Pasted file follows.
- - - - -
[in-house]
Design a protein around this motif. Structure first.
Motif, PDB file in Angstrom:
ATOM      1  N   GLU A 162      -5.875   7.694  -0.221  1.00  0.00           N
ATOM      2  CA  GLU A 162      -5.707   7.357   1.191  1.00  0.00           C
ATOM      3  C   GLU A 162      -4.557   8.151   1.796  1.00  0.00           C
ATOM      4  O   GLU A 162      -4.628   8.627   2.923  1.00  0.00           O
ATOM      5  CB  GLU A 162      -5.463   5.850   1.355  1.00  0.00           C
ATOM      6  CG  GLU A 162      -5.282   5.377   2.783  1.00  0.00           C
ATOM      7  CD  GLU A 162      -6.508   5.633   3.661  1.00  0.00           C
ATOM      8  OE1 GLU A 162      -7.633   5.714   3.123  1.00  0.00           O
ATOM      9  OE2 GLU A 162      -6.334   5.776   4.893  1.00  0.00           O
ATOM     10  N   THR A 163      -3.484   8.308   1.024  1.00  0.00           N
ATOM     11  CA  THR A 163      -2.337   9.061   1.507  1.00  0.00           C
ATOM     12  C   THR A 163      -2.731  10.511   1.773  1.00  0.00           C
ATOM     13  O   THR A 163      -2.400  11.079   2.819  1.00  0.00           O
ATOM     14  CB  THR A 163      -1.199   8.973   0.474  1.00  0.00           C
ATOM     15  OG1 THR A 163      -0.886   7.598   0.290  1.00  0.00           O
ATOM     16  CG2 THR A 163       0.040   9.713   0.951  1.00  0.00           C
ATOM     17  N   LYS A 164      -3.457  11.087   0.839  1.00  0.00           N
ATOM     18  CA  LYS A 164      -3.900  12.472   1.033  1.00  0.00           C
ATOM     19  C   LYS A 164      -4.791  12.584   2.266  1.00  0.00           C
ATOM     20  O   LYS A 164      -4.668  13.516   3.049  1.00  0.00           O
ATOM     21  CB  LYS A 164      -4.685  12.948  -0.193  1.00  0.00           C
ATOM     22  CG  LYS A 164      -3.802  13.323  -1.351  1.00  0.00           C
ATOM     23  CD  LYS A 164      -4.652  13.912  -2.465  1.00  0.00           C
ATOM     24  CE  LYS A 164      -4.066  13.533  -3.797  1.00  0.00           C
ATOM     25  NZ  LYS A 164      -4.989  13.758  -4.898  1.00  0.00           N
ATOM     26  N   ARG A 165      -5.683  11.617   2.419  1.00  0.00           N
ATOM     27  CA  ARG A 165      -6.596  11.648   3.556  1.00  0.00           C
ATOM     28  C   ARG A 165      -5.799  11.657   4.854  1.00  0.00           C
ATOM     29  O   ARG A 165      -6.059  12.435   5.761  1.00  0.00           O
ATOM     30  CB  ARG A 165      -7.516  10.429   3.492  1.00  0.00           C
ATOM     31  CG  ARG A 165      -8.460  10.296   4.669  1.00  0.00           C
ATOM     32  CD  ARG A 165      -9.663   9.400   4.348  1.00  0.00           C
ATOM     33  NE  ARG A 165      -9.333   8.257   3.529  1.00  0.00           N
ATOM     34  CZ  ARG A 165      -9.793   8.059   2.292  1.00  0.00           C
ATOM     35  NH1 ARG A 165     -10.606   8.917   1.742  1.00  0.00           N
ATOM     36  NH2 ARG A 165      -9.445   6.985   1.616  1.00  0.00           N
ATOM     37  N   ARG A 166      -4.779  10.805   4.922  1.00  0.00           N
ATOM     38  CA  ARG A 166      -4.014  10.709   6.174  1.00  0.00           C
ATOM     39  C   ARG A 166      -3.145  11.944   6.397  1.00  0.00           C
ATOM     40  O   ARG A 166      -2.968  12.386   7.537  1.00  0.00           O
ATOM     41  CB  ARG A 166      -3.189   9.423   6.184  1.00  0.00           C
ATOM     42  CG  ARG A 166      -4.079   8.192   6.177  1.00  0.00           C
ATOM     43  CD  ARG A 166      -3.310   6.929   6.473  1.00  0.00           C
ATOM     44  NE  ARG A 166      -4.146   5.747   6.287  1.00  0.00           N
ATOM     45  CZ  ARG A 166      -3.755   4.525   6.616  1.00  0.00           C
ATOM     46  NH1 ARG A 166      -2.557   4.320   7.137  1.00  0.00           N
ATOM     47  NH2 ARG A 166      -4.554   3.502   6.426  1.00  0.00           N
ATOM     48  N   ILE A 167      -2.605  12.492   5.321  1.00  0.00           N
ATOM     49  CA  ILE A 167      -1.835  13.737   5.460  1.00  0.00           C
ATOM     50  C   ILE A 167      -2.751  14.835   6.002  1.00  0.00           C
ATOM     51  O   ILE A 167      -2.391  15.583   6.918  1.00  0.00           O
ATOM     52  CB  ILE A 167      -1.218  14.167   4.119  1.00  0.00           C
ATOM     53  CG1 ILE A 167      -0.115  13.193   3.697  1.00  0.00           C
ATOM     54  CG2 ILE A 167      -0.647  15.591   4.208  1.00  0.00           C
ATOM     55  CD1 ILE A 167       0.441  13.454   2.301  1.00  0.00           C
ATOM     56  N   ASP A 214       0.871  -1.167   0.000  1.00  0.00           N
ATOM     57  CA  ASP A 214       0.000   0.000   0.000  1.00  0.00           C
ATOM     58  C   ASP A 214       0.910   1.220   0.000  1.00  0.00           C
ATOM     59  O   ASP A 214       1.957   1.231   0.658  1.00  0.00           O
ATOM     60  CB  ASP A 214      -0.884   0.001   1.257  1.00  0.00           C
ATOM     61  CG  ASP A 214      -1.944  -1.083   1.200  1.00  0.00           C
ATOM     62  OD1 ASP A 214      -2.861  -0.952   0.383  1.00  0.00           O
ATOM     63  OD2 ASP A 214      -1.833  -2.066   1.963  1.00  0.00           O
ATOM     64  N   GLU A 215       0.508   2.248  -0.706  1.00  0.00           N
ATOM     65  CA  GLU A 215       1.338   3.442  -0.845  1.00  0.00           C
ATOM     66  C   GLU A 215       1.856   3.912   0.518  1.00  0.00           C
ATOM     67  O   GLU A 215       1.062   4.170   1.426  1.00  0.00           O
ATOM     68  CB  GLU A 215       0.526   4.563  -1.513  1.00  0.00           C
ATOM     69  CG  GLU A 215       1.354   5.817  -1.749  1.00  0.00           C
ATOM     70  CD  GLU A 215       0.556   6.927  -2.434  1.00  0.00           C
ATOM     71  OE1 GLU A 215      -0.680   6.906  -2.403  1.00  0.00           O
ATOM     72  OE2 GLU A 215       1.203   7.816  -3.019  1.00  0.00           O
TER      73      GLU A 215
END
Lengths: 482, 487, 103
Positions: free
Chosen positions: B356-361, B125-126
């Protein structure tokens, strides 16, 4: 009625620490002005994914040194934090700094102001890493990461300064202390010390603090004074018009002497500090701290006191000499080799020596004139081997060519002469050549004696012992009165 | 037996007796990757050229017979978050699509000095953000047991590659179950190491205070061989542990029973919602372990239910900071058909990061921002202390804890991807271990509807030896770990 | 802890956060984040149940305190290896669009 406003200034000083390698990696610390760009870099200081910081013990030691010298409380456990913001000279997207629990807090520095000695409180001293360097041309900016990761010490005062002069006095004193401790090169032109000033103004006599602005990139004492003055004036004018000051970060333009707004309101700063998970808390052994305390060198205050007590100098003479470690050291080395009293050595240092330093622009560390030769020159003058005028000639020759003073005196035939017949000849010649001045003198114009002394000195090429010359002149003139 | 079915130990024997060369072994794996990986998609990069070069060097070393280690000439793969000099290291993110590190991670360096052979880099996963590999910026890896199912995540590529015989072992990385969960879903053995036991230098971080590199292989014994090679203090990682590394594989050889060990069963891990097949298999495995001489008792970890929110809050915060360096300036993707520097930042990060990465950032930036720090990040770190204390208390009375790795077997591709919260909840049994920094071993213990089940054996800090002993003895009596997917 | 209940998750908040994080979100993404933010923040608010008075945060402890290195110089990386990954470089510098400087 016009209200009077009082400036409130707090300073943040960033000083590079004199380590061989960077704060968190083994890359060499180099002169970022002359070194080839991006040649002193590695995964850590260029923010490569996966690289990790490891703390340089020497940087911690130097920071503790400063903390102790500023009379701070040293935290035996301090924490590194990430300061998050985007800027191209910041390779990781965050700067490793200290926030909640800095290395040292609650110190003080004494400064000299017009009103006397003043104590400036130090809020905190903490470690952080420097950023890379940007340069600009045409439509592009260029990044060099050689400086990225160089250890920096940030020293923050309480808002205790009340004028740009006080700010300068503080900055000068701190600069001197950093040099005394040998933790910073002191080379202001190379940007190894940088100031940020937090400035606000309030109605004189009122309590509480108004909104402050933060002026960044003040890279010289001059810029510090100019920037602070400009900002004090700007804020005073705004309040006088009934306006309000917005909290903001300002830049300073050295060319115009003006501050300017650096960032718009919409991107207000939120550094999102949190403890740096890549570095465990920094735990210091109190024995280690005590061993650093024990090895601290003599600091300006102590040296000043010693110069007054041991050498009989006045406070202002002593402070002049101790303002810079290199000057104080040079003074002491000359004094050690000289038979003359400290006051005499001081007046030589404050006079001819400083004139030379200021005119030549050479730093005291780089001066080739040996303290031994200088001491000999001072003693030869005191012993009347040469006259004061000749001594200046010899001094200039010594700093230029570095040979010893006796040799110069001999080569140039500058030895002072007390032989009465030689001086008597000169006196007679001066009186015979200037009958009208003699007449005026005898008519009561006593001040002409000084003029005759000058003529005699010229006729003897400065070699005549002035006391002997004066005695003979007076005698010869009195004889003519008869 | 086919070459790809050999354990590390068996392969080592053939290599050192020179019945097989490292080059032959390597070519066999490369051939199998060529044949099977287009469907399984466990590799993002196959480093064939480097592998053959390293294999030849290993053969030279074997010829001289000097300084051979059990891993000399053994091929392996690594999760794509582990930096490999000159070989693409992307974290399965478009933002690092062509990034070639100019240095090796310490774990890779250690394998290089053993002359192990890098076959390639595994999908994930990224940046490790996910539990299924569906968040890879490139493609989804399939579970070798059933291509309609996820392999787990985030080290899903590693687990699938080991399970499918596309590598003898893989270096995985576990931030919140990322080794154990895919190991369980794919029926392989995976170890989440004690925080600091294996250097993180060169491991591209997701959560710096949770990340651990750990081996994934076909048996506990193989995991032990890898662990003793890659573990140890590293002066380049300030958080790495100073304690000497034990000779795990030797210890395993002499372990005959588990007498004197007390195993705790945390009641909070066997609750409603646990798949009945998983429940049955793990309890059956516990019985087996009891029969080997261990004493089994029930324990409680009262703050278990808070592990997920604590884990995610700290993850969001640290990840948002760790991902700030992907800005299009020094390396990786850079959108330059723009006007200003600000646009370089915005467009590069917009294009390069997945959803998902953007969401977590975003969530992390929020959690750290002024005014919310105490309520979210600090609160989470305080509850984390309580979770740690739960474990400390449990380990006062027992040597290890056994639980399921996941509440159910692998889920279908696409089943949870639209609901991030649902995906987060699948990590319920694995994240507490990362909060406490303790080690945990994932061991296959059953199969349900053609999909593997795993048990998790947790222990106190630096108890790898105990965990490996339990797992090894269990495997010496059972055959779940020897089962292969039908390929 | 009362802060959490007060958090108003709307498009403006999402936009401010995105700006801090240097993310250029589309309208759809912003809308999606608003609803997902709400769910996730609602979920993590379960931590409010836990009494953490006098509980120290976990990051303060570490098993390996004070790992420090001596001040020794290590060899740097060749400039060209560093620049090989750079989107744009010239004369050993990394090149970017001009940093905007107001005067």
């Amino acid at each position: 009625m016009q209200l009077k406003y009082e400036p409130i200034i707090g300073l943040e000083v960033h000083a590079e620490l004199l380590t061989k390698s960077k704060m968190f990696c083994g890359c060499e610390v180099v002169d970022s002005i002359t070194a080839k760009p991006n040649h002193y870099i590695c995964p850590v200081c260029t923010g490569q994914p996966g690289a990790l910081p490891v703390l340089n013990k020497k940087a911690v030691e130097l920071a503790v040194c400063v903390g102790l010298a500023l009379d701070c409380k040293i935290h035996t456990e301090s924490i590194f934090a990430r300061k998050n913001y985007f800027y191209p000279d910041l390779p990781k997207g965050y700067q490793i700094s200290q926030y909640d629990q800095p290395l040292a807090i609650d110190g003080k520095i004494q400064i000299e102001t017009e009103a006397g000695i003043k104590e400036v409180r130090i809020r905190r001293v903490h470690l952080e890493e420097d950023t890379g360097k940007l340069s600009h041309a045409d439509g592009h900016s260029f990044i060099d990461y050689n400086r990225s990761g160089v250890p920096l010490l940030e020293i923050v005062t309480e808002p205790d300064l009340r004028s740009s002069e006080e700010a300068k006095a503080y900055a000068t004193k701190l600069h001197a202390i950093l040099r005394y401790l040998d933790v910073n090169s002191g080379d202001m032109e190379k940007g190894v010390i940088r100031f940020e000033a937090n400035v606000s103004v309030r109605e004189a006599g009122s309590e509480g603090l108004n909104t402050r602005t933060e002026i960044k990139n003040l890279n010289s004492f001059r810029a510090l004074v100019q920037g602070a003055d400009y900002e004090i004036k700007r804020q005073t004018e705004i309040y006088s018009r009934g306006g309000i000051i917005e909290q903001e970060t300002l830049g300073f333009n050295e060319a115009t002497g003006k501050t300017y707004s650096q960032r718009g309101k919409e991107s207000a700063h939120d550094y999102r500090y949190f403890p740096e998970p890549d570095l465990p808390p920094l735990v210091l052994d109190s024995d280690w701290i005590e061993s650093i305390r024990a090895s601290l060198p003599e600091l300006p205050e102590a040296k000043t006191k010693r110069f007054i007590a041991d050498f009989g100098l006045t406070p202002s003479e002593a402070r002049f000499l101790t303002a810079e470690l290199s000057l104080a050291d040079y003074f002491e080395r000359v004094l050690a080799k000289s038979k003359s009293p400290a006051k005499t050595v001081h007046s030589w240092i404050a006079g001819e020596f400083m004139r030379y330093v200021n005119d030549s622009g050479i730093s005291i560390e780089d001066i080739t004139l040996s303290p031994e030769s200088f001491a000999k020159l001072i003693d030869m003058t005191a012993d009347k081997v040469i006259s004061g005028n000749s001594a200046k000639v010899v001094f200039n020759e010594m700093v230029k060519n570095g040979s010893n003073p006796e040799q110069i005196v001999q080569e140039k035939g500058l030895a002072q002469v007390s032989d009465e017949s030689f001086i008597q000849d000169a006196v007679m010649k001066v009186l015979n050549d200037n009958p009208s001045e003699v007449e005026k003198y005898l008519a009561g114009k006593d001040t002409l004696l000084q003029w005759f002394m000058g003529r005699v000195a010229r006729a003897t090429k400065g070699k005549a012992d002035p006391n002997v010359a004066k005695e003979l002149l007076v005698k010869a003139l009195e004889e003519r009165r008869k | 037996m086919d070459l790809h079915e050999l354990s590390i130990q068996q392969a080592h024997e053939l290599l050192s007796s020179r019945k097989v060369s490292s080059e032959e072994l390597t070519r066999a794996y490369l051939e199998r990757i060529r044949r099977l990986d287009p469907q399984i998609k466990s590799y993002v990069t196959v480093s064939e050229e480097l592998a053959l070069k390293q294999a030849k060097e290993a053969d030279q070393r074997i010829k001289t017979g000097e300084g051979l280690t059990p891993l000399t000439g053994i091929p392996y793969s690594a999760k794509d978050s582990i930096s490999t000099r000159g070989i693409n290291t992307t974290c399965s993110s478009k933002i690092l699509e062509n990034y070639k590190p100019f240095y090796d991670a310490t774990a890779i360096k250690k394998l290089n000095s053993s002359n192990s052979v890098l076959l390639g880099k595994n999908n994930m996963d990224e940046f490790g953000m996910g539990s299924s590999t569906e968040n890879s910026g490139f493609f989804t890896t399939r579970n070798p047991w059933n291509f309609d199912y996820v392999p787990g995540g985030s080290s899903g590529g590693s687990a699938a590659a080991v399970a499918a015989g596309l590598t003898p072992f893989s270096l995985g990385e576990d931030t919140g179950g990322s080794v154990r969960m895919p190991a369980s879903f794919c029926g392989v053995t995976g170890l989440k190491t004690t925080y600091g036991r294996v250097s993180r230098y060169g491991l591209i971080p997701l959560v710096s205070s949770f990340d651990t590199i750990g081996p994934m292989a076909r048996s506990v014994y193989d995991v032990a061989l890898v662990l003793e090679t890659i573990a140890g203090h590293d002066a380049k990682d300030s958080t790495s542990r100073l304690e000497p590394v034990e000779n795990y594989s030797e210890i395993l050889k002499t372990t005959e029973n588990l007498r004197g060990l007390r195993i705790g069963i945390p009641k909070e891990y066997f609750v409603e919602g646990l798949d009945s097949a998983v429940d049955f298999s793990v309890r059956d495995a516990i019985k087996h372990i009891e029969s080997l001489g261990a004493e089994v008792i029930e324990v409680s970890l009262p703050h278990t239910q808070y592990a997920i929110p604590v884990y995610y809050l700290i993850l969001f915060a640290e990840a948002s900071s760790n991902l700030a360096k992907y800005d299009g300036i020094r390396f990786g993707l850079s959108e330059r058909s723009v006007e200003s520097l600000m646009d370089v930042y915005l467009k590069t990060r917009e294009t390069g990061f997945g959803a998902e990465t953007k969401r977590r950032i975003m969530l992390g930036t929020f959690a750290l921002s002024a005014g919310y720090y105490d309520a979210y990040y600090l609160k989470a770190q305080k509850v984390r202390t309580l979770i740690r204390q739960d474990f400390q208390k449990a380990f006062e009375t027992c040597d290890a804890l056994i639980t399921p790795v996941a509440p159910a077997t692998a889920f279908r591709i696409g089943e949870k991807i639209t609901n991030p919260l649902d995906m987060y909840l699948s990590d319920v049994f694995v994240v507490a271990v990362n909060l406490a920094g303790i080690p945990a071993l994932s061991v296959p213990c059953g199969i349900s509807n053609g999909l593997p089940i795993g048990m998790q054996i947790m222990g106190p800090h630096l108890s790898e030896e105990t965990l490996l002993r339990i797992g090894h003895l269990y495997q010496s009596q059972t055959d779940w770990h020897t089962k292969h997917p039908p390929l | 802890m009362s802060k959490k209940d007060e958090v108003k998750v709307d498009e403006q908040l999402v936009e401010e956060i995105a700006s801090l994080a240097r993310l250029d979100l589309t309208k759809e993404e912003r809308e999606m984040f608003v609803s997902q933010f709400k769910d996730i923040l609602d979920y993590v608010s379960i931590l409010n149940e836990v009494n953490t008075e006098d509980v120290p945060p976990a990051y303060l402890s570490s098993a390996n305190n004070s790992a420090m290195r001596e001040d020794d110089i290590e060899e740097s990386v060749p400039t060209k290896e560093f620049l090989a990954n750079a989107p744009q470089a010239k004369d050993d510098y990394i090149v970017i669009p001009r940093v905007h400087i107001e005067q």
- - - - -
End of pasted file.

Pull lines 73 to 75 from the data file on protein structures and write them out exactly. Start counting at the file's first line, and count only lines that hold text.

ATOM     70  CD  GLU A 215       0.556   6.927  -2.434  1.00  0.00           C
ATOM     71  OE1 GLU A 215      -0.680   6.906  -2.403  1.00  0.00           O
ATOM     72  OE2 GLU A 215       1.203   7.816  -3.019  1.00  0.00           O